In this day and age of single-parent child rearing, it is still possible to raise a well- mannered, healthy child with self-esteem in place. Achieving this goal requires investing extra time and effort to realize results for a lifetime.
Grand Futures Prevention Coalition would like to reiterate the importance of limiting youth access to alcohol, marijuana, tobacco and other drugs and expound upon the Social Host Ordinance. If you don’t permit it, you don’t promote it. Think smart this holiday season, and don’t allow your child to underage drink.
Several major transitions often occur in adult life: leaving home, first major employment, marriage, empty nest, retirement. All these events create both excitement and challenge, however the transition to parenthood ranks as the most exhilarating, but also the most challenging of all.
Spending quality time with your children tells them they are valued, leads to more closeness, creates special memories, develops better trust and communication and results in an overall stronger lifetime relationship between you and your child.
What do our children need? A home that is safe and secure and parents who protect them. A sense of routine and stability. A belief that when things go wrong in the outside world, their homes will provide comfort, help and support.
Being bilingual is becoming increasingly more useful in our society. For that reason, it is important to continue learning and not lose the language skills that are already present.
While trick-or-treating can be a fun family activity, children are often exposed to increased risks. Wherever the holiday is celebrated, it is important to keep Halloween safety in mind.
Adults in our community share a responsibility to protect against and report child abuse and neglect. While the number of substantiated victims of child abuse and neglect in Routt County dropped from 49 in 2013 to 36 in 2014, we need to work together to continue to decrease this number.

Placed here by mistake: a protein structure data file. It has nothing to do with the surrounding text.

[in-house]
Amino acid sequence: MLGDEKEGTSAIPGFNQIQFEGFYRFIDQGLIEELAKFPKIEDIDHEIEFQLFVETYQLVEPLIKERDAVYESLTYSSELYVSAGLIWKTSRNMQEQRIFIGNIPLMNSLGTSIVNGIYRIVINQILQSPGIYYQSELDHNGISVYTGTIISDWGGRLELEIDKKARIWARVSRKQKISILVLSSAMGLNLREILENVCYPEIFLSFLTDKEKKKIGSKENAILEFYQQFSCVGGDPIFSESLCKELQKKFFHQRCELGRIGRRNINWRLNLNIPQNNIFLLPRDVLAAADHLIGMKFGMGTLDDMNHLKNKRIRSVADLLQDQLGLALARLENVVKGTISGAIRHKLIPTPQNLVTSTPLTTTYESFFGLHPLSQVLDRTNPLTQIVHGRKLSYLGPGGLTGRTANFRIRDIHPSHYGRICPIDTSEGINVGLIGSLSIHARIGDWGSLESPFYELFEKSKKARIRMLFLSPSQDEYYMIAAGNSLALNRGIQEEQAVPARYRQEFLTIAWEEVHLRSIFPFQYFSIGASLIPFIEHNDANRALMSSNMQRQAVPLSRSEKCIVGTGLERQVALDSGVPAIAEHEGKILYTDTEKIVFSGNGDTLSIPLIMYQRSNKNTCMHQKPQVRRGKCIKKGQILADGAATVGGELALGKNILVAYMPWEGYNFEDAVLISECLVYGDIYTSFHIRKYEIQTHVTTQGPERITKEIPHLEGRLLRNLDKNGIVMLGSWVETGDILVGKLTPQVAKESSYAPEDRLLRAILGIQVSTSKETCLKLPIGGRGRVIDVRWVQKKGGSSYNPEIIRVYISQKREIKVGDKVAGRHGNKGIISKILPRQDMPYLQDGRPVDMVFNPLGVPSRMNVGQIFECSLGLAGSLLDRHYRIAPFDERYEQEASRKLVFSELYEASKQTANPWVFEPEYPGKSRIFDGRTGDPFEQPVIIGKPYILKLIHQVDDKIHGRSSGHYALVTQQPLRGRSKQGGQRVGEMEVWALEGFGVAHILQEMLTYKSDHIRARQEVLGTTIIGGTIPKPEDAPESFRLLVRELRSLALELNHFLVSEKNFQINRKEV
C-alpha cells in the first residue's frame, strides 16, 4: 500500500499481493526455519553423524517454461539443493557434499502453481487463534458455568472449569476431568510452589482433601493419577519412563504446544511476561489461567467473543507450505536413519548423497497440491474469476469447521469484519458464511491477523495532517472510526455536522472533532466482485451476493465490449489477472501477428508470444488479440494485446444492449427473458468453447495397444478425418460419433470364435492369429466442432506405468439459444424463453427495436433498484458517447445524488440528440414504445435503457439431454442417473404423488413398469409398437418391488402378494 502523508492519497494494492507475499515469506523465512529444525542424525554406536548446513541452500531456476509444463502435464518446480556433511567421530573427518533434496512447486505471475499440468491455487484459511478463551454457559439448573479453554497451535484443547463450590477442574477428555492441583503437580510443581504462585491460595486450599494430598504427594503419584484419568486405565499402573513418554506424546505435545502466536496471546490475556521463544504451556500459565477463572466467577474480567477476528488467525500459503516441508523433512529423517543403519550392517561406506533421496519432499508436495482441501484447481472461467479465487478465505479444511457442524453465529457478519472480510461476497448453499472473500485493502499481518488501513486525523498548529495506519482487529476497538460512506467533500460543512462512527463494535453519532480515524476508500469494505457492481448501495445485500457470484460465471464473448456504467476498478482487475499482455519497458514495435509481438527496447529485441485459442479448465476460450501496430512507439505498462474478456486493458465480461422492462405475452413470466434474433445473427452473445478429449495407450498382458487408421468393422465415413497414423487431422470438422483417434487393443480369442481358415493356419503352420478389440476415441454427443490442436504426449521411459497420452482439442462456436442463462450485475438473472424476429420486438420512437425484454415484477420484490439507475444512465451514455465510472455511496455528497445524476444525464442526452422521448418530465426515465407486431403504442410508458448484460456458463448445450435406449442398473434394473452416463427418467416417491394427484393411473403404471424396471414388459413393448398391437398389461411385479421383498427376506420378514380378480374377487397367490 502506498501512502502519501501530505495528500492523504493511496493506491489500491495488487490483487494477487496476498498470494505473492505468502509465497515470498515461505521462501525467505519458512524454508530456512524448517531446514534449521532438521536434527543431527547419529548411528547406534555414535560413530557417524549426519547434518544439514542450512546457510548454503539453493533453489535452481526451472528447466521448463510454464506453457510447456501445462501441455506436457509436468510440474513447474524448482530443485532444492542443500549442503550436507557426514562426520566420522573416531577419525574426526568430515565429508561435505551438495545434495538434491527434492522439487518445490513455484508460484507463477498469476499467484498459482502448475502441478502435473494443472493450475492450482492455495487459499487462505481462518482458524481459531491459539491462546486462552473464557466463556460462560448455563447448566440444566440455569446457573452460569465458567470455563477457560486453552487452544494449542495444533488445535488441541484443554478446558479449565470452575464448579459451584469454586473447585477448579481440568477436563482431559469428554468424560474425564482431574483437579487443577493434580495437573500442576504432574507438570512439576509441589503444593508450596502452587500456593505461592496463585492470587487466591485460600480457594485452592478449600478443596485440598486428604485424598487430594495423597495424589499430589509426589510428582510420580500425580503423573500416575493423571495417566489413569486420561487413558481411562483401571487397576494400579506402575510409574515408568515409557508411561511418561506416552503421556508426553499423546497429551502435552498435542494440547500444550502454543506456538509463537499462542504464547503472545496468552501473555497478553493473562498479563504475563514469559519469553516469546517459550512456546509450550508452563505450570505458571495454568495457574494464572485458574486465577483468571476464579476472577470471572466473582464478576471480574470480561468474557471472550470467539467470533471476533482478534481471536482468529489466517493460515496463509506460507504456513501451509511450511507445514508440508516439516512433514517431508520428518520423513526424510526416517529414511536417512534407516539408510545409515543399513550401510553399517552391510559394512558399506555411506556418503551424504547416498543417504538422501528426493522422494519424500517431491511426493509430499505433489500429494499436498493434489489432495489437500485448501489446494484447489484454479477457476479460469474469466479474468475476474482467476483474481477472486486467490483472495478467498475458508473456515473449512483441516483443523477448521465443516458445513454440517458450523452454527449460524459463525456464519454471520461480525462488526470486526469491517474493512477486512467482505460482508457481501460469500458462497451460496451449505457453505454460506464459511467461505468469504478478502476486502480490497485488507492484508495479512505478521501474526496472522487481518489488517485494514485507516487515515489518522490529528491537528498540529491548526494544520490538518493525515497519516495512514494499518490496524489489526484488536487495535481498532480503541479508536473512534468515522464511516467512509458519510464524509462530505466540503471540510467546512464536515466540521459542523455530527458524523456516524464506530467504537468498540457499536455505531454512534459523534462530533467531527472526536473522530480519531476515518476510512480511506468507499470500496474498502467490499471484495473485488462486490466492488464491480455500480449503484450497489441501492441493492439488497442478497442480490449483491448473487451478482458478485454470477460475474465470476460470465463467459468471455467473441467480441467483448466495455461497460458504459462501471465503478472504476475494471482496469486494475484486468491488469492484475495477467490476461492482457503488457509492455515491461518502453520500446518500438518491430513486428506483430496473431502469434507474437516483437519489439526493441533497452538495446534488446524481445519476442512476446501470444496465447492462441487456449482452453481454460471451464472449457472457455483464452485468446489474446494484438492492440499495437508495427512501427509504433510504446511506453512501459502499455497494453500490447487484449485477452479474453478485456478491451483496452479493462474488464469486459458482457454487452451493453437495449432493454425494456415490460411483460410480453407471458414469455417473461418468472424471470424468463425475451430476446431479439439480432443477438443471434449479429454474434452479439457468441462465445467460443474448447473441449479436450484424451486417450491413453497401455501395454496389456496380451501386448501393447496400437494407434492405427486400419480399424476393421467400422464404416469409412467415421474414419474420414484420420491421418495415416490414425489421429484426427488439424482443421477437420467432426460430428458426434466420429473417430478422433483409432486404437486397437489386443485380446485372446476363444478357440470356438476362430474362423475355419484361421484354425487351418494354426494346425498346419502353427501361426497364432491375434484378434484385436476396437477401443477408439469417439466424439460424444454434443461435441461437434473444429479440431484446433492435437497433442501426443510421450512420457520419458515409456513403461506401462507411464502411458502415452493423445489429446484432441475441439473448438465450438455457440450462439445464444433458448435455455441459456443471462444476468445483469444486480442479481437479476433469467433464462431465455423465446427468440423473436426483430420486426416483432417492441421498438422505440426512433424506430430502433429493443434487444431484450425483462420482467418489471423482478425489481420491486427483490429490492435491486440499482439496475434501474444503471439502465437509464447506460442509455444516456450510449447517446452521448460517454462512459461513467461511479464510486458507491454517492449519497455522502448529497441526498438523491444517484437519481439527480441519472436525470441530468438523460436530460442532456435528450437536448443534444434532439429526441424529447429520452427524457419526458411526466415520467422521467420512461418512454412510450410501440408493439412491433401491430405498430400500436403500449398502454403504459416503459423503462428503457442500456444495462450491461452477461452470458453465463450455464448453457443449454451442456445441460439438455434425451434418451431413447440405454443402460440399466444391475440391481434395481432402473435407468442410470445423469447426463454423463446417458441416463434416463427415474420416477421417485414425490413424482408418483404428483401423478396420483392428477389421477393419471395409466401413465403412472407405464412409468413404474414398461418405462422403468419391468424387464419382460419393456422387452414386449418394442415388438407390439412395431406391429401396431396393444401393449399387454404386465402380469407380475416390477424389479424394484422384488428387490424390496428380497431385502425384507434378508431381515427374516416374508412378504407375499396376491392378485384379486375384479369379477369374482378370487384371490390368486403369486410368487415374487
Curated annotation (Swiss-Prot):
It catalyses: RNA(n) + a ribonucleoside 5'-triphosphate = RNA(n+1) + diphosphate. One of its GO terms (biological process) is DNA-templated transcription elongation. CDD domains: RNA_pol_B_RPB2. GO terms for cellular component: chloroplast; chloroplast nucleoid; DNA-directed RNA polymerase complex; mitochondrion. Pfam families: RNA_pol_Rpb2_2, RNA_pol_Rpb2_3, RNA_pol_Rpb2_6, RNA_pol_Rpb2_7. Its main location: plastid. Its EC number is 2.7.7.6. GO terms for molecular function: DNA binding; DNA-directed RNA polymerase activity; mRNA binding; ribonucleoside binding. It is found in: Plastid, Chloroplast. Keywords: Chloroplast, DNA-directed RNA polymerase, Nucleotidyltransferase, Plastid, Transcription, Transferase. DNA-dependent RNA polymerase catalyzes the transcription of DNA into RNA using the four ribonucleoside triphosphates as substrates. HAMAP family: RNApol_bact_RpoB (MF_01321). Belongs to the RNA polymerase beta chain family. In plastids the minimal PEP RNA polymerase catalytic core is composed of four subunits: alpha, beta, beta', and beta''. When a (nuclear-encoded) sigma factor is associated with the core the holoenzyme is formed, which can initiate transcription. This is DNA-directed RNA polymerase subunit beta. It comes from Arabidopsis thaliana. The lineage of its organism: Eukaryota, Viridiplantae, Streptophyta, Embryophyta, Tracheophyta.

It is nothing new for teens to test limits; pushing their parents’ boundaries is practically a given during the teen years and part of learning how to be independent. However, it is extremely important that teens do have set parameters, that they know they are responsible for their actions, and that those actions have consequences.
DentaQuest and the Colorado Medicaid Dental Program think your child’s oral health is important.
It’s important to children 5 to 7 years old that they feel that they are helpful members of their families. Their eagerness to tag along with their parents and learn makes these years an ideal time for parents to teach children new skills and the importance of safety.
Whether their teen decides to attend college, technical school or explore the job market, parents often wonder if they have done enough to prepare their youth for all that lies ahead.
The life of teenagers is a lot more complex these days as they are inundated with tasks that need their constant attention. The concept of time for a person with attention deficit hyperactivity disorder can be difficult to grasp.
In their book, "No Drama Discipline," mental health experts, Drs. Dan Siegel and Tina Payne Bryson, describe how the brain works, especially when kids feel intense emotions. They emphasize three things to keep in mind when your child is having a difficult time.
Approximately 68 percent of Routt County families with children younger than five have both parents in the workforce, according to date from the 2010 U.S. Census. The Colorado Department of Local Affairs projects Routt County’s birth to age five population to grow by 70 percent between 2015 and 2030. No matter how you look at it, the availability of licensed care for our youngest citizens is distressingly inadequate.